If there are two questions that I am asked often, they would be about our chalkboard painted countertops and our open kitchen shelves. It seems that people are curious about the practicality of both.
Let’s visit about this!
In the course of the planning and design of our kitchen, I was working within several limitations – space and money being the two most restraining. But, I was also working within visual limitations. That, I had more control over, since I could manipulate the space visually to make it seem larger.
Room color, ambient light, and the visual bulk of furnishings and cabinetry have the ability to broaden or restrict visual space. Open shelving, then, was the best choice for upper wall dish storage for us. The simple kitchen shelves I chose give the illusion of openness, when in actuality they take up as much literal space as upper cabinets would have.
And the bonus here was that the cost was less!
The shelf brackets are iron with a matte black finish, purchased from Signature Hardware. I was looking for iron brackets with a very simple design, in a finish that looked like it happened over time. These were the closest to fitting the bill, and the price was right.
The wood planks are old barn wood that I found at the Habitat for Humanity ReStore. It has such character with its weathered gray patina, its rough surface, rusty nail holes, and worm trails. To make the shelves practical for everyday kitchen use, I sealed them with paste wax, which gives them a wipeable surface (no splinters!) without giving them a sheen or taking away the rough-hewn look.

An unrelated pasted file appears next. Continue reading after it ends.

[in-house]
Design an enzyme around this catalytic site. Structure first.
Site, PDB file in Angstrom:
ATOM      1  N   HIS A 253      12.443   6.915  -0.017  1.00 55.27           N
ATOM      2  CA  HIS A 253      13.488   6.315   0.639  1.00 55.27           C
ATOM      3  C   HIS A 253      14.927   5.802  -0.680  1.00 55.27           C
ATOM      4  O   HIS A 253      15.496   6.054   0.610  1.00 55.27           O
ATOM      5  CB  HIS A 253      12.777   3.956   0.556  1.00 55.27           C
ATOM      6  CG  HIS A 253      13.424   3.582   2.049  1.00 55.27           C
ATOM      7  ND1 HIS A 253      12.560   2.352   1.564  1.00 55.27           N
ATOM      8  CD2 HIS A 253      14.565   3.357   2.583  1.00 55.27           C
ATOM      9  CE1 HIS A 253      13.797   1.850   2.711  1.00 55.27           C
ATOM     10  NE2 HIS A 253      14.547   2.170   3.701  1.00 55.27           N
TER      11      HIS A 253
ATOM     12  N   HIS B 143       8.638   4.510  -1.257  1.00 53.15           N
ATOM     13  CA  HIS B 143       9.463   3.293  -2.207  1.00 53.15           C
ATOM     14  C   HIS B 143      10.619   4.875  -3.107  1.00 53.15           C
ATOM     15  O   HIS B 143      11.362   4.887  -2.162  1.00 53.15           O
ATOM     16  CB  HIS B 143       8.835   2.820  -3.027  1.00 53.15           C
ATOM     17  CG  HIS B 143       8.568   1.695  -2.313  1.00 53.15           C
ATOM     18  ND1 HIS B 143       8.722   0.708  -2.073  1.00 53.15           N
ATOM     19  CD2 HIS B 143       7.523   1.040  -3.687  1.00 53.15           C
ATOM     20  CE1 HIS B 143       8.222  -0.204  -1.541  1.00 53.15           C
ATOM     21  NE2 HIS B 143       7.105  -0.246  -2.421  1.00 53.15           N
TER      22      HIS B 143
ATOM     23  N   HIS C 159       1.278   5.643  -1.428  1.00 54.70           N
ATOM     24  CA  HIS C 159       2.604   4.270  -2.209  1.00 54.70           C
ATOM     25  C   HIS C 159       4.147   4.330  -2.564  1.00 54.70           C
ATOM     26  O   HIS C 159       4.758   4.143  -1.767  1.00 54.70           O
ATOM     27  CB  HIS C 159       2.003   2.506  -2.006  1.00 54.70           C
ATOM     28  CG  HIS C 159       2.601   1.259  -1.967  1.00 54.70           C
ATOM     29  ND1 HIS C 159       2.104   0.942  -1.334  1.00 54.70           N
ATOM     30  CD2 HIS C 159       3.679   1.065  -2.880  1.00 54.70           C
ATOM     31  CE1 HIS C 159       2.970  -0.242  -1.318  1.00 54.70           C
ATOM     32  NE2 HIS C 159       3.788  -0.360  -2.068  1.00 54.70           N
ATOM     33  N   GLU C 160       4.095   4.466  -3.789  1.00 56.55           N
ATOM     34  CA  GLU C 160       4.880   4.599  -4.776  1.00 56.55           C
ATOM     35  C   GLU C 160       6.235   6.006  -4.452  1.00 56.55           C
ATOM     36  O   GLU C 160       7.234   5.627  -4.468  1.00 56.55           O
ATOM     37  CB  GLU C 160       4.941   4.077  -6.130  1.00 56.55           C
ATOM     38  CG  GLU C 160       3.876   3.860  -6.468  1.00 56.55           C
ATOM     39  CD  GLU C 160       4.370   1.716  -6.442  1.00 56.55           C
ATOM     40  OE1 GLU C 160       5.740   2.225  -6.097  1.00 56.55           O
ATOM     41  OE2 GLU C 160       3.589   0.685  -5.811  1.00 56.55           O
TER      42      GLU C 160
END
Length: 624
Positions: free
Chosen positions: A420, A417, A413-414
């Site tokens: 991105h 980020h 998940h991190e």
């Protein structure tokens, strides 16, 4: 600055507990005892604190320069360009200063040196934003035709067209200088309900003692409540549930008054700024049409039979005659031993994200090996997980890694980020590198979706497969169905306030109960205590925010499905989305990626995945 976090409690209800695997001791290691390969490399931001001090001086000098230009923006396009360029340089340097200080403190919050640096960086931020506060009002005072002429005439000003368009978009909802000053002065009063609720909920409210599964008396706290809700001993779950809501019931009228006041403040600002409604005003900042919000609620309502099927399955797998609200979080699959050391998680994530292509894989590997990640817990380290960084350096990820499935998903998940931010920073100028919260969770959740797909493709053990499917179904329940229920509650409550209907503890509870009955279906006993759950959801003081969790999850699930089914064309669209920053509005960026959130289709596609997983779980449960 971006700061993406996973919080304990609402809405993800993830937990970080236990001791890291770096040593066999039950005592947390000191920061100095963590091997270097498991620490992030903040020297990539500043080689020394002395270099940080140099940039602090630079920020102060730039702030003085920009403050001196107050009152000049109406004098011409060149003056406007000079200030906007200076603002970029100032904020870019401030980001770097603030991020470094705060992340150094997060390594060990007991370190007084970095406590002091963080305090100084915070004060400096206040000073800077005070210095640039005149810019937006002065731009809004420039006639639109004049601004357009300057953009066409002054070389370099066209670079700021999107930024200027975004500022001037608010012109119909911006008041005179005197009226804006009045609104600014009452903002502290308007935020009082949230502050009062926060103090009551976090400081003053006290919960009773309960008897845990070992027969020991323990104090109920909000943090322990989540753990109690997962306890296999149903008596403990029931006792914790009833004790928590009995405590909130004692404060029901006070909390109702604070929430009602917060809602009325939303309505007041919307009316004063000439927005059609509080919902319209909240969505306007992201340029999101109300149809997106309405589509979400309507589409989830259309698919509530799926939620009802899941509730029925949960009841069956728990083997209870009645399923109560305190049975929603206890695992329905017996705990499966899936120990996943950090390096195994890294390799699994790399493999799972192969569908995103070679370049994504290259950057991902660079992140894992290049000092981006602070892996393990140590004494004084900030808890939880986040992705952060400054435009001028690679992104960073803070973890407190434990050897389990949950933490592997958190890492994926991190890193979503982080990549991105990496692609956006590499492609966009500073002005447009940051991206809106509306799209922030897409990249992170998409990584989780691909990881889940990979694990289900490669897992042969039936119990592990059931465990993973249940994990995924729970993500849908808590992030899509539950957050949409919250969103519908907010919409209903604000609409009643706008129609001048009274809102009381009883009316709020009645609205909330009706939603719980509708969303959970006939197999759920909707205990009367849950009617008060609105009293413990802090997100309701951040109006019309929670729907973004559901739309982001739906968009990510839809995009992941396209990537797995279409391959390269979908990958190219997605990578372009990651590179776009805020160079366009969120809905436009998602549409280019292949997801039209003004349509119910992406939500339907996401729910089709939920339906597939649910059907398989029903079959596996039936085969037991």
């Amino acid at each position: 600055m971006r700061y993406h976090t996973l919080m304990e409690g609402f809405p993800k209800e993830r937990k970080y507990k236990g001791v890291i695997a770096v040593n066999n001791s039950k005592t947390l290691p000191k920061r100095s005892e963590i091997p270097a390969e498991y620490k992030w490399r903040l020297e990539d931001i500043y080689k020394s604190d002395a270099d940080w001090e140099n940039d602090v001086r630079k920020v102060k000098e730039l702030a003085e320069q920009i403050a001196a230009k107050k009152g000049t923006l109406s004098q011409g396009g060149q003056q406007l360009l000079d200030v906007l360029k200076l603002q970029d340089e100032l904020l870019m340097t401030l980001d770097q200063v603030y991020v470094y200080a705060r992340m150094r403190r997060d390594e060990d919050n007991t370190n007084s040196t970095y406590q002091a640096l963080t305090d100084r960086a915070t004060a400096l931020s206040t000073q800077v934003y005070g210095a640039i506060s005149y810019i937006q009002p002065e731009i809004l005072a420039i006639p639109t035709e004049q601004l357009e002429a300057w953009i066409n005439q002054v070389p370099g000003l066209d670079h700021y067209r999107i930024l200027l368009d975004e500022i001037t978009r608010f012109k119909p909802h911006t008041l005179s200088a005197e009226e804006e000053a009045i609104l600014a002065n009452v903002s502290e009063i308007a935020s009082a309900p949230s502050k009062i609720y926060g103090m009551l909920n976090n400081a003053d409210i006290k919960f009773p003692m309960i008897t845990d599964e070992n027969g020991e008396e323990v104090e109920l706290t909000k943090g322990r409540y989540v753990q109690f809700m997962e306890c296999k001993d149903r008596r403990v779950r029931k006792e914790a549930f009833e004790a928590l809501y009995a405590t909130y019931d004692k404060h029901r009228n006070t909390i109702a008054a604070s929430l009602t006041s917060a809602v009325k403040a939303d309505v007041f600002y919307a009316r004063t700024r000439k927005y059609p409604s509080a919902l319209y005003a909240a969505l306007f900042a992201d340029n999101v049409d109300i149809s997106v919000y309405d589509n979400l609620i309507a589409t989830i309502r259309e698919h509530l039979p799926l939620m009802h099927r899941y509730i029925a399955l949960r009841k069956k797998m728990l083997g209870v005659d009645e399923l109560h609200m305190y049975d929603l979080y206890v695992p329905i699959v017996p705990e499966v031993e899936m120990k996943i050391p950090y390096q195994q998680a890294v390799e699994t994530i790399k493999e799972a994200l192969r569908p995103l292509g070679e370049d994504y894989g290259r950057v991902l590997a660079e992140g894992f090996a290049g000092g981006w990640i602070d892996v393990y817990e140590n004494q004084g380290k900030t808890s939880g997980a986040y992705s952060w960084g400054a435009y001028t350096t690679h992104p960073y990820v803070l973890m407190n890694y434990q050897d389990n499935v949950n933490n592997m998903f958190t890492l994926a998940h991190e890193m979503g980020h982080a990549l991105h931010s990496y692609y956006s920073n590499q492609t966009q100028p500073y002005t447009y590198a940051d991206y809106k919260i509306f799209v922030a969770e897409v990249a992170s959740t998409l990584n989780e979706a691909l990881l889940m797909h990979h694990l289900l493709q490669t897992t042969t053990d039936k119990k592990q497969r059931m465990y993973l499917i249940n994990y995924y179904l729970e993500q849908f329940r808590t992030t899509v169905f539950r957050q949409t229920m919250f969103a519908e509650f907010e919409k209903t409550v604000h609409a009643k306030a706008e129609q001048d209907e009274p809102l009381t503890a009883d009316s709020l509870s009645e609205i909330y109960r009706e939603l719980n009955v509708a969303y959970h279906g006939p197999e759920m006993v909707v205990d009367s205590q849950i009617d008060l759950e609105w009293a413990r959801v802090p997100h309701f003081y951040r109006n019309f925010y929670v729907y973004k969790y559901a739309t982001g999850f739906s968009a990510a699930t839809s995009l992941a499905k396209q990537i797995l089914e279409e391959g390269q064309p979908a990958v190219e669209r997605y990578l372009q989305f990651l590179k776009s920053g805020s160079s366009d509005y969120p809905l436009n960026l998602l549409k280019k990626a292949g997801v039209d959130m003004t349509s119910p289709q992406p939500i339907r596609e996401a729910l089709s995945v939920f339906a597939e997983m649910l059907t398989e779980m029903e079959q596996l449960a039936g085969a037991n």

Because I know you’ll ask (wink), paste wax is a solid wax and can be found with all-natural ingredients (food safe) that is rubbed on a wood surface in a circular motion with a soft cloth. The paste wax I used is Howard Citrus Shield, and came from Home Depot.
This kitchen sees a lot of action. Much of the time, there are more than one of us in here together, making or cleaning up meals. The kitchen lends itself to handling several cooks at once with its simple layout along one wall, and the open shelves make it especially easy to come and go with dishes – no ducking and dodging around cabinet doors.
Falling in step with our personal mantra of having only what we love, the kitchen shelves let us see the dishes and glassware that we’ve collected, right there in the open. These things are really just things, yes, but they are things that are beautiful to our eye and I wanted to be able to appreciate them visually, every day. The mix of glassware and stoneware, with a bit of metal and wood, and the green of a houseplant or two come together as art on our shelves.
Do they get dusty? Yes. Life is dusty, we’ve found. I have a cotton cloth, a feather duster, and a slice of time (it really just takes minutes) on Thursday mornings to take care of that. About once a month, I give the glassware that isn’t used most often, a trip through the soap suds and rinse water. The ware that’s used every day, doesn’t even need it!
And this chalkboard painted countertop? People are so curious about it! The light in this photo really captures the look of it - how it’s not a solid black; how it has tonal highs and the lows; how it looks like stone. The look of soapstone is what I was after, and I’m so pleased with the results – it’s perfect for a cabin.
You may notice that I also chose to not have a backsplash. I wanted a clean, fitted look with the countertop scribed to the wall. It’s a more historic approach (unless we’re talking about tile), and one that I’d choose every time.